After creating a spatial index, the Show MapTips option should be available for your layer.
ESRI has created a nine page ArcGIS Desktop Tips and Shortcuts document. It lists keyboard and mouse shortcuts for many common operations, and identifies which work for versions 9 and 10 of ArcGIS (ArcMap and ArcCatalog). A shorter list is available in the ArcGIS 10 application help files. Tap F1 when ArcMap is running and search for keyboard shortcuts.
You can also use the Help files for ArcGIS 10 in the ArcGIS Resource Center. Search for keyboard shortcuts. Help for other versions of ArcMap (or other ESRI applications) can be found by going to the ArcGIS Resource Center and clicking Help. Expand the list for the application you are interested in (click the +) for help files from the older versions.
Tip: the help files from the Resource Center are the most up-to-date for all ESRI software. Sometimes updated documentation is not included with service packs and patches, but these files are kept current.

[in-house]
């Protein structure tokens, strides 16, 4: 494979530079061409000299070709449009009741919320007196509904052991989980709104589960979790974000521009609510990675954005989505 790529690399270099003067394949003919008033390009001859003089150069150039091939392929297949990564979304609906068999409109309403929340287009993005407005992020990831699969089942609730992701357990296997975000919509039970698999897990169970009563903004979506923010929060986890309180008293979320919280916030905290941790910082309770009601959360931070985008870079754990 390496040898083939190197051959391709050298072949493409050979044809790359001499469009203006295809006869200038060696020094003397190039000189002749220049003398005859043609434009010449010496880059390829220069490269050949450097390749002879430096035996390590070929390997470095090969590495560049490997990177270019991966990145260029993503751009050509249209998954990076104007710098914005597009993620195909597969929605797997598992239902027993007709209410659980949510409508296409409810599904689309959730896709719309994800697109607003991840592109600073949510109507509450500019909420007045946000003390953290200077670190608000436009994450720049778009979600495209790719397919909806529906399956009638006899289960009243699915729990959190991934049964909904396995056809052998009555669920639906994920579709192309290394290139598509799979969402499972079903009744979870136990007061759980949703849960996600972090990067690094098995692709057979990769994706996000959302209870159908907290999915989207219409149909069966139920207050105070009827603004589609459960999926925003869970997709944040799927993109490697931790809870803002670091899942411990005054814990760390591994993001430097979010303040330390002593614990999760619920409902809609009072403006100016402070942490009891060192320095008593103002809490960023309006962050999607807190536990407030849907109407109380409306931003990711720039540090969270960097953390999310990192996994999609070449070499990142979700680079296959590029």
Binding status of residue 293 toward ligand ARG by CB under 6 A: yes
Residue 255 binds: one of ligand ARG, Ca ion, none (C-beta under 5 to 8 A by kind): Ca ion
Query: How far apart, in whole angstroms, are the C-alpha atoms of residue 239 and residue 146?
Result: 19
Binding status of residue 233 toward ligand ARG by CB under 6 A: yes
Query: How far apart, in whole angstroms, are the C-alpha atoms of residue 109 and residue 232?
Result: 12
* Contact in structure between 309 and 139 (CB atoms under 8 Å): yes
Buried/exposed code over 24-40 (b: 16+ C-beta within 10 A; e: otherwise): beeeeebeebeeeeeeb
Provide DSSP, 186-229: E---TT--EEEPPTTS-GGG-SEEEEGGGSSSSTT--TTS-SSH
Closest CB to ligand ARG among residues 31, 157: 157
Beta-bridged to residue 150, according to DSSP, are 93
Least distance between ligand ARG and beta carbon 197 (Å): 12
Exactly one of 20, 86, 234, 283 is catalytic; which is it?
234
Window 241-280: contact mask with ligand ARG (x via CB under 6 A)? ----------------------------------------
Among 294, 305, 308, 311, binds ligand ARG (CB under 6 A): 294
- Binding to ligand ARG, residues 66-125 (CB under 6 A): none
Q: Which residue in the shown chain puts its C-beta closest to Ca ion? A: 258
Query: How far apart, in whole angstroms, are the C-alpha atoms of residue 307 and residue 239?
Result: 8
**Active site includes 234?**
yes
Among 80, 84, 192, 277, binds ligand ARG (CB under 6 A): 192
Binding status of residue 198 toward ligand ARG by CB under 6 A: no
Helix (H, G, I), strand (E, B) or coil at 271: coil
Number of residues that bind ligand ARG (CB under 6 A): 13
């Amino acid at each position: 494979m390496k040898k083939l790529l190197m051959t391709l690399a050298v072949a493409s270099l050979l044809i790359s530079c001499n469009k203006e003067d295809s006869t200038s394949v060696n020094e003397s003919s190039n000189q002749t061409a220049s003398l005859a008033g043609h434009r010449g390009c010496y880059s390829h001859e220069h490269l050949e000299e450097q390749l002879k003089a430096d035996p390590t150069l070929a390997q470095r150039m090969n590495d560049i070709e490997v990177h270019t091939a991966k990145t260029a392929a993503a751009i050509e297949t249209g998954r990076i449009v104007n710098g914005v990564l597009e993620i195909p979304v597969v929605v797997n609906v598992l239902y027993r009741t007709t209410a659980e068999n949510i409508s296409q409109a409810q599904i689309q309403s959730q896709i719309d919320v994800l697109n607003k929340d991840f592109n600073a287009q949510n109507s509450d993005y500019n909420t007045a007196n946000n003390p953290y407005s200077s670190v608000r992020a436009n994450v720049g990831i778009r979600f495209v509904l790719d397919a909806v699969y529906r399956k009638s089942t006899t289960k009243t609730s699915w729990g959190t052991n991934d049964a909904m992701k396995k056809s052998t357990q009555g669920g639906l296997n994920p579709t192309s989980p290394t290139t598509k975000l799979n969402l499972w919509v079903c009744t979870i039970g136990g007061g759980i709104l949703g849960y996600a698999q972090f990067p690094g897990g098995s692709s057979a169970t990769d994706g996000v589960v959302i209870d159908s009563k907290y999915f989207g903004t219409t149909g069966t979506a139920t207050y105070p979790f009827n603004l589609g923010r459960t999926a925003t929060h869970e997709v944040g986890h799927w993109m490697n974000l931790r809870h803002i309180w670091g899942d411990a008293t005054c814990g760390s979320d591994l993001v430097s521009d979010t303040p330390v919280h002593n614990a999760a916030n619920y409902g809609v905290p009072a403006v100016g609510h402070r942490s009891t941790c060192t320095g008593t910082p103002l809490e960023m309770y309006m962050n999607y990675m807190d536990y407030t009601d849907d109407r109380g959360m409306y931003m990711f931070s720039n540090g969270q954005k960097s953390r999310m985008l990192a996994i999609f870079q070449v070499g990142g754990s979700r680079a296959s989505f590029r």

Georeferencing is the process of assigning a coordinate system to a scanned image (map, aerial photo) in GIS. A georeferenced image does not have all scale (vertical scale) distortion removed, so if you georeference an air photo with a large amount of vertical relief across the scene, the scale of the image and the accuracy of the alignment will vary across the scene. For scanned maps, the fit should be better, as nearly all maps are planimetric (designed with scale distortions removed).
To georeference a hardcopy map or photo, you will need both a high-quality scan of the original, plus a reference layer. The reference layer can be in any coordinate system, but you should have five points that you can see on both the scanned image and the reference layer. These should be features that are unlikely to move over time, such as road intersections, bedrock outcrops, or street corners.
Once georeferencing has been applied to your scan, you may use it in conjunction with other layers either as a backdrop for a map or as a source from which you can create new features. The quality of the original map or photo, the resolution of the scan, and your ability to locate high-quality control points will all affect how well the georeferenced image will fit with other features in your GIS.
Here is a document that describes the georeferencing process in ArcGIS. The instructions should work for both ArcGIS 9.x and 10.x.